Gov. John Hickenlooper’s education priorities for the 2013 General Assembly include possible legislation allowing colleges to ask voters for support through tax increases as well as support for a lower tuition rate for undocumented students, according to a briefing Thursday.
In addition, the governor is considering changes in college financial aid and the state’s teacher licensing system, David Archer, Hickenlooper’s deputy director of legislative affairs, told members of the Education Leadership Council, an appointed body that advises the governor on education policy.
Lt. Gov. Joe Garcia, who chairs the council, made it clear – twice – that his boss also is interested in bipartisanship, regardless of the fact that fellow Democrats control both chambers.
“You know he’s very committed to working with both sides of the aisle and hopes that any piece of legislation that comes to his desk has bipartisan support,” he said. He reinforced that later in the meeting, saying, “The governor will be cautious about pushing for any bill that doesn’t have some Republican support.”
Archer gave the group a somewhat hasty briefing on administration education priorities.
He sparked the most discussion with the idea of a law that would allow colleges to ask voters in their communities for property or sales tax support in addition to their state funding. A bill to allow that failed in the legislature a few years ago.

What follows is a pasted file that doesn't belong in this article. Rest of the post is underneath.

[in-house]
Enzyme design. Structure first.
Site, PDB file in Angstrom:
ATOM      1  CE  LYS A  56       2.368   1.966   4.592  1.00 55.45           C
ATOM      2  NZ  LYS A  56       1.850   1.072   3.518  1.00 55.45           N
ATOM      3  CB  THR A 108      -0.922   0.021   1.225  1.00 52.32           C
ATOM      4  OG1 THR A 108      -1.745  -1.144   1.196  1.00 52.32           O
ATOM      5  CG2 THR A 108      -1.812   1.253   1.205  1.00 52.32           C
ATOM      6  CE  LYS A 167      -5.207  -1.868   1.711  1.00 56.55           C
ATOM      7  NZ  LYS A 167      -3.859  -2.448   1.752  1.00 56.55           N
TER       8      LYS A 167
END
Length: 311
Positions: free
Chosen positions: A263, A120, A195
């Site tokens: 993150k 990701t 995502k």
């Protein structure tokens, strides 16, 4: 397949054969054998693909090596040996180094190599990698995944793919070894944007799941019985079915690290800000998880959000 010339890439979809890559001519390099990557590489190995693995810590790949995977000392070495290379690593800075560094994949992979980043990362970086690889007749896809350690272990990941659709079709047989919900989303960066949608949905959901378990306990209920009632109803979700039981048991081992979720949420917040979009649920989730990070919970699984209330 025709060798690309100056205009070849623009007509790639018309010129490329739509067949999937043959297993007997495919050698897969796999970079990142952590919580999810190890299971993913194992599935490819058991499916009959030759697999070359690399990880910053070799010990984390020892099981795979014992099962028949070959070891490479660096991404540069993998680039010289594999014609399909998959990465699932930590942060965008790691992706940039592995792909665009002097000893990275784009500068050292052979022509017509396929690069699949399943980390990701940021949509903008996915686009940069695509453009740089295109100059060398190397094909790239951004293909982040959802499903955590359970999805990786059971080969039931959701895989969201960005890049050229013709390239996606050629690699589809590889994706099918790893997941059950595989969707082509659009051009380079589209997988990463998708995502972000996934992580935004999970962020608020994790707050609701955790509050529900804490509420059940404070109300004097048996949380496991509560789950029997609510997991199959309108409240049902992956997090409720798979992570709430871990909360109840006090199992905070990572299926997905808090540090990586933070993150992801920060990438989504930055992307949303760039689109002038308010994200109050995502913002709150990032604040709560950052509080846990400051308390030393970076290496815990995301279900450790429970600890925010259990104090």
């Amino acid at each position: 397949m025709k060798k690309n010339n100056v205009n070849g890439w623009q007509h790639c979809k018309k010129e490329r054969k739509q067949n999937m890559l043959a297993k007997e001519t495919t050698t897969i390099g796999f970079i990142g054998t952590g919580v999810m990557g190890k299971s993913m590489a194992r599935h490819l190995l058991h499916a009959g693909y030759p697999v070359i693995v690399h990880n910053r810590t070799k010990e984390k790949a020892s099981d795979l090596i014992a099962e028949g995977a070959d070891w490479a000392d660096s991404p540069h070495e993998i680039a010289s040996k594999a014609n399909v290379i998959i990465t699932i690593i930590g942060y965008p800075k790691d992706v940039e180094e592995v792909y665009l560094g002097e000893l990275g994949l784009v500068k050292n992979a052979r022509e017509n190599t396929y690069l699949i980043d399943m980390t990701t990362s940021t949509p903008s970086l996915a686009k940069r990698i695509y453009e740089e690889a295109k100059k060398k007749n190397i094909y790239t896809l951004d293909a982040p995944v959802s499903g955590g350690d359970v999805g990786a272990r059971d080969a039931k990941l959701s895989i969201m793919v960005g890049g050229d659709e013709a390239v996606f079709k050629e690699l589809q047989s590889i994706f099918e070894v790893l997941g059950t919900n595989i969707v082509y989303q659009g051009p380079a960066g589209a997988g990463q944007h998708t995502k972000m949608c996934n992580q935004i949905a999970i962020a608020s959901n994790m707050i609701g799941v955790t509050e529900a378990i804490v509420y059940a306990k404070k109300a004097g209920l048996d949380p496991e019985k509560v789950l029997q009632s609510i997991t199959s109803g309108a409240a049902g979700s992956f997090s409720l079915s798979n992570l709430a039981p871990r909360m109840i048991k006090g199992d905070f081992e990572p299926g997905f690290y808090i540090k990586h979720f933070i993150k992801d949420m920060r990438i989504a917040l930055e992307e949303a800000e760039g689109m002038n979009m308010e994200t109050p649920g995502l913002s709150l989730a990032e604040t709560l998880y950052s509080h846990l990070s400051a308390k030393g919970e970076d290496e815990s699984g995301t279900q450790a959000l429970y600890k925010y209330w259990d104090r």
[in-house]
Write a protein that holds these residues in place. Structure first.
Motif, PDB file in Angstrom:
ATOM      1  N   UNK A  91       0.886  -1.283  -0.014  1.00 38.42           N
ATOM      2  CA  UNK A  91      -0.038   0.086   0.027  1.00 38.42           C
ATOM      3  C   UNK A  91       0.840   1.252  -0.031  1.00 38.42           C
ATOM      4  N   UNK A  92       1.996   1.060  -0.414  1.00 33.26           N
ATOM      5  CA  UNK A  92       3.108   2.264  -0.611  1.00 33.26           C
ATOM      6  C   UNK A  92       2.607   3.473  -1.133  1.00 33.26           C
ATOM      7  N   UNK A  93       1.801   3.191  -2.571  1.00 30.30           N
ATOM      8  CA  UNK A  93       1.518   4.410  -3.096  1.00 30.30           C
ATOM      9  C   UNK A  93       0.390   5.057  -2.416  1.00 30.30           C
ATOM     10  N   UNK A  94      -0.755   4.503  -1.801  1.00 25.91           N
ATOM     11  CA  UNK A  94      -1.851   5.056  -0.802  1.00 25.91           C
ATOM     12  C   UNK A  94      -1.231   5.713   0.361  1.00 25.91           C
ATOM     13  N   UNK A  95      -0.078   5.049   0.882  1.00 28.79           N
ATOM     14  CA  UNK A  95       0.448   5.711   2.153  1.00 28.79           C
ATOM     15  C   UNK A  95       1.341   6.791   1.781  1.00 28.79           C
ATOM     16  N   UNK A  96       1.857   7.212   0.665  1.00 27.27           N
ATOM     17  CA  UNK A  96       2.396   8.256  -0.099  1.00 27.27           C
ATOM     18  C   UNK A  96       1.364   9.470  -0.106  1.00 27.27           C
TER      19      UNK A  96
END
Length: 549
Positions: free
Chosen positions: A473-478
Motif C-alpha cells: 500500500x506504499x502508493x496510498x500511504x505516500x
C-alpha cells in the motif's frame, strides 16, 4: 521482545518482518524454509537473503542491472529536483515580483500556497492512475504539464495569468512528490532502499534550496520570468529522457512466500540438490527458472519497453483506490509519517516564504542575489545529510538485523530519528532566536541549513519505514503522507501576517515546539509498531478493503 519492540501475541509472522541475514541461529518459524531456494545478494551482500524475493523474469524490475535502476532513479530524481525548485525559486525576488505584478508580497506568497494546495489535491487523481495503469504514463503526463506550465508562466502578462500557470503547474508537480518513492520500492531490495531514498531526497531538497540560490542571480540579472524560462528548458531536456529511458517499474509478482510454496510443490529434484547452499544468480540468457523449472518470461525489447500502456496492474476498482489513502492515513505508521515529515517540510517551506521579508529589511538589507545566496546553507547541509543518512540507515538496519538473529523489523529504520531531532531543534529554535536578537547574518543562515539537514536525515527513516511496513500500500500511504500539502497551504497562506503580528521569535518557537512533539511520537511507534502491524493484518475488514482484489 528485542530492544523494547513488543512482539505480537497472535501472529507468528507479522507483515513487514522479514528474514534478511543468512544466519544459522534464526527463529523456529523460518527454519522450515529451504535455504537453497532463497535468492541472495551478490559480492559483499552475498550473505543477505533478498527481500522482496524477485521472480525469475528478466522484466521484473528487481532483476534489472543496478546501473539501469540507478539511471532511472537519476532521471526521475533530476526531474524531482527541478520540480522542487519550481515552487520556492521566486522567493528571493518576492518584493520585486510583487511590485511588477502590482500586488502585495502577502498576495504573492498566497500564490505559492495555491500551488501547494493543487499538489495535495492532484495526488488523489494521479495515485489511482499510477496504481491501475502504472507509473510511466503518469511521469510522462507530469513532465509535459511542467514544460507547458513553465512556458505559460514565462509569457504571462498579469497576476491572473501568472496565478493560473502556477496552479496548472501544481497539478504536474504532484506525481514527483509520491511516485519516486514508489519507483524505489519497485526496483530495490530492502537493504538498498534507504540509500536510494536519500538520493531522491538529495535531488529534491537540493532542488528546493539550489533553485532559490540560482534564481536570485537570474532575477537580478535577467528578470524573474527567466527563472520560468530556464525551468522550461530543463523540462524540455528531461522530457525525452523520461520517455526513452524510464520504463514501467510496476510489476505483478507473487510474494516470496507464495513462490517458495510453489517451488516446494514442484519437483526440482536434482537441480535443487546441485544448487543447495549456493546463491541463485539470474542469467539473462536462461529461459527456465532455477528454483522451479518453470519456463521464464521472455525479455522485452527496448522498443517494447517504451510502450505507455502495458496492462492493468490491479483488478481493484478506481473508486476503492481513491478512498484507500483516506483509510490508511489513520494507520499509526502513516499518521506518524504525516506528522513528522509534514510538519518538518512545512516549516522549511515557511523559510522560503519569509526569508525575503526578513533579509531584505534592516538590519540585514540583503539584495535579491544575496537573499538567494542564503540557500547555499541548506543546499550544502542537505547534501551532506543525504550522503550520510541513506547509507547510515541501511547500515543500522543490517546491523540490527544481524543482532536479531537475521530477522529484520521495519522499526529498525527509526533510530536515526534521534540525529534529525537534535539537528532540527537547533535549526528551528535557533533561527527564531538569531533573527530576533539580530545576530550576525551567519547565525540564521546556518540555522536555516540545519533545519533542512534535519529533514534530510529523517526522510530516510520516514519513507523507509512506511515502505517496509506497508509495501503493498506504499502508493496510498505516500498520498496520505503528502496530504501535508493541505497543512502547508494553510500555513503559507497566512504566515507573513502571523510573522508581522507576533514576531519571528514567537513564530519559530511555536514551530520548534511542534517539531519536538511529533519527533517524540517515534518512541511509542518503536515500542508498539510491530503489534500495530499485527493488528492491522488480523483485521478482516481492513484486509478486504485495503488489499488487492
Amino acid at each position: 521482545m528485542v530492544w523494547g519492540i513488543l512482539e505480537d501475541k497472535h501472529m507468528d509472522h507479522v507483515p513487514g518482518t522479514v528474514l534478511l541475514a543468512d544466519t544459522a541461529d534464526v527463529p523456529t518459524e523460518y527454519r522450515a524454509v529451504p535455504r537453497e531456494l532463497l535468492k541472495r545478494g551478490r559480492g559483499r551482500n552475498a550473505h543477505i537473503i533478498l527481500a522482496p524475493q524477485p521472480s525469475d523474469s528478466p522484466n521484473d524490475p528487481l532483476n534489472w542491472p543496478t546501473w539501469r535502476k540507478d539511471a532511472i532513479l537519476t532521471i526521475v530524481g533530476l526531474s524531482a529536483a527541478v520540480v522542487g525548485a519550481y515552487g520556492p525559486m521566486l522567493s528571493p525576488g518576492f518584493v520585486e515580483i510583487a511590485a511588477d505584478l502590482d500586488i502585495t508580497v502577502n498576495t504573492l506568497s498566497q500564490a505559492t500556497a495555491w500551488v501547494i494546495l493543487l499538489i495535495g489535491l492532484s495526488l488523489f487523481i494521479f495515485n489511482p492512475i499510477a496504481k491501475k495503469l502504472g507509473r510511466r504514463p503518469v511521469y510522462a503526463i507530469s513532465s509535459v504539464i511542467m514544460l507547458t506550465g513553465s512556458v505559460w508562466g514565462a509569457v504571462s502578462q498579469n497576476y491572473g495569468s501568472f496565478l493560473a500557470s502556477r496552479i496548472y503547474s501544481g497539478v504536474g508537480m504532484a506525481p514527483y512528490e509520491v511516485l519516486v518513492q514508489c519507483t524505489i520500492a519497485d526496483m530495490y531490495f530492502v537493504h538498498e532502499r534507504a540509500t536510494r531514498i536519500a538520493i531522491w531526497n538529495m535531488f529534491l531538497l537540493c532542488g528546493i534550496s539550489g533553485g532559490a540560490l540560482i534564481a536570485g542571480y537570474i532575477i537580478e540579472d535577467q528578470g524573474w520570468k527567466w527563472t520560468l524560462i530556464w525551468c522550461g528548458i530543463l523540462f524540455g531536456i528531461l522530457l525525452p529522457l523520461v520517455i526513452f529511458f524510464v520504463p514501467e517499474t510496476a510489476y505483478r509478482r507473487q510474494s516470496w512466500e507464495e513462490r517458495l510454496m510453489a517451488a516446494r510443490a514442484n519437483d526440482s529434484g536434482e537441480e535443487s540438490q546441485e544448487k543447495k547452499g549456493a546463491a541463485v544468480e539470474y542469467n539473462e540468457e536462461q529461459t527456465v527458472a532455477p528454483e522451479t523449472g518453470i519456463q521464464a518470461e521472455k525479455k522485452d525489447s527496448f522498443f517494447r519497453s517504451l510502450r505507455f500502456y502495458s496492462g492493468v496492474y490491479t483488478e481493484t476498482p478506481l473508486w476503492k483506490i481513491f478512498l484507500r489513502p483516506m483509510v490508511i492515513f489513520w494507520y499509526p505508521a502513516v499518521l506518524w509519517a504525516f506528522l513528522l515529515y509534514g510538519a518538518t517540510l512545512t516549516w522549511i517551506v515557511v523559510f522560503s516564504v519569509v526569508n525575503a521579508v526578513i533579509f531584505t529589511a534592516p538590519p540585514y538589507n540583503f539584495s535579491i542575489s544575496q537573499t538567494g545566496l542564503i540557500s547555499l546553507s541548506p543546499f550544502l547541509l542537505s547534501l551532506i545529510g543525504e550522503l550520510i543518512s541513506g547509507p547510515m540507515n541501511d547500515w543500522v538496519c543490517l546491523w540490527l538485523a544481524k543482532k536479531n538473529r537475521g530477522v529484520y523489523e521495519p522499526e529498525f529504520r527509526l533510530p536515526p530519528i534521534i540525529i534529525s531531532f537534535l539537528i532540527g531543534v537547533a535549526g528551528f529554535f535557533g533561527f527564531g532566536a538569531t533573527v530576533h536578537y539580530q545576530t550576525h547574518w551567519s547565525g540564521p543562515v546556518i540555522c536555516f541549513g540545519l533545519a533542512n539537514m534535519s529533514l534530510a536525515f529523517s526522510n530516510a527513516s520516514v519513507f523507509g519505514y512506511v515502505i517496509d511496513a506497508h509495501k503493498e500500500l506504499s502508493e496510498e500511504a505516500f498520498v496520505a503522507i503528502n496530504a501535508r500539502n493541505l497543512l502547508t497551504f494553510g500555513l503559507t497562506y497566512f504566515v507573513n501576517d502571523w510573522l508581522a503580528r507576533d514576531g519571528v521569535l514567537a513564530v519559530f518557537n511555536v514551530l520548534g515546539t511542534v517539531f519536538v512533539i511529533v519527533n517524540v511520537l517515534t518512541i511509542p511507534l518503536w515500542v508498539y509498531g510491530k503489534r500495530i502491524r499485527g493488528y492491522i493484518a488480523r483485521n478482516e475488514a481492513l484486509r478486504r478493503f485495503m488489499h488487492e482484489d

Council member Nancy McCallin, president of the community college system, said she was concerned, “It would give the state an excuse not to fund certain colleges.”
Other council members wondered if such taxing power would create more inequities in the higher education system.
Garcia said, “It does bring new money into the system. … Why would we deny the schools that have that ability the right to do that?”
On another topic, McCallin asked, “I was kind of wondering where you’re coming from on the ASSET bill.” That measure, defeated several times in past legislatures, would create lower tuition rates for undocumented students.
“It’s likely to pass next year,” Garcia said. Hickenlooper supported the unsuccessful 2012 bill and Garcia said, “I suspect the administration’s position on this will be largely the same.”
On other issues, Archer said the administration was looking at possible changes in college financial aid, but “We’re not quite sure if we’re going to have a piece of legislation.”
He also said the administration is talking to people who are interested in changing the state’s teacher licensing system, but “We don’t know if we’re going to tackle the whole thing this year. … It’s a huge topic and something you can expect to hear more about.”
Archer also had a check-back-later message about reform of the school finance system, an issue expected to be raised by Sen. Mike Johnston, D-Denver.
“It’s something the governor talks to people about on a weekly basis, if not daily,” Archer said. “It’s really an ongoing conversation.”